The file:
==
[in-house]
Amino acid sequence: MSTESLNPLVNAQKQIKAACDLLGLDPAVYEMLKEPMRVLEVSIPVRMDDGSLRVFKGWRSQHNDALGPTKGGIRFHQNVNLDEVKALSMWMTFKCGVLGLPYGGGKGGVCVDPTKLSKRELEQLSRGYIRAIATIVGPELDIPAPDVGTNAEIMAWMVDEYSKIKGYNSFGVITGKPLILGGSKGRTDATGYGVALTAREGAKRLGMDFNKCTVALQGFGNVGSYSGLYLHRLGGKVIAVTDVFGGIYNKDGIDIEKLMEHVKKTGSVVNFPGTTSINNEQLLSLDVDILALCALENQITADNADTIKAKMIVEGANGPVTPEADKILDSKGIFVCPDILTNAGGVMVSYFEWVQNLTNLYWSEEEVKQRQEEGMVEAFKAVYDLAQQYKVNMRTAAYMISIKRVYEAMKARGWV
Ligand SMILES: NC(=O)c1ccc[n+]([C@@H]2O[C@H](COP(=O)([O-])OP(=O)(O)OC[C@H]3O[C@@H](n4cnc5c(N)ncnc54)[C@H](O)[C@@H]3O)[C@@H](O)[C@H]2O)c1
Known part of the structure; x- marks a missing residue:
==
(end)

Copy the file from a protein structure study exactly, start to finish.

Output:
[in-house]
Amino acid sequence: MSTESLNPLVNAQKQIKAACDLLGLDPAVYEMLKEPMRVLEVSIPVRMDDGSLRVFKGWRSQHNDALGPTKGGIRFHQNVNLDEVKALSMWMTFKCGVLGLPYGGGKGGVCVDPTKLSKRELEQLSRGYIRAIATIVGPELDIPAPDVGTNAEIMAWMVDEYSKIKGYNSFGVITGKPLILGGSKGRTDATGYGVALTAREGAKRLGMDFNKCTVALQGFGNVGSYSGLYLHRLGGKVIAVTDVFGGIYNKDGIDIEKLMEHVKKTGSVVNFPGTTSINNEQLLSLDVDILALCALENQITADNADTIKAKMIVEGANGPVTPEADKILDSKGIFVCPDILTNAGGVMVSYFEWVQNLTNLYWSEEEVKQRQEEGMVEAFKAVYDLAQQYKVNMRTAAYMISIKRVYEAMKARGWV
Ligand SMILES: NC(=O)c1ccc[n+]([C@@H]2O[C@H](COP(=O)([O-])OP(=O)(O)OC[C@H]3O[C@@H](n4cnc5c(N)ncnc54)[C@H](O)[C@@H]3O)[C@@H](O)[C@H]2O)c1
Known part of the structure; x- marks a missing residue: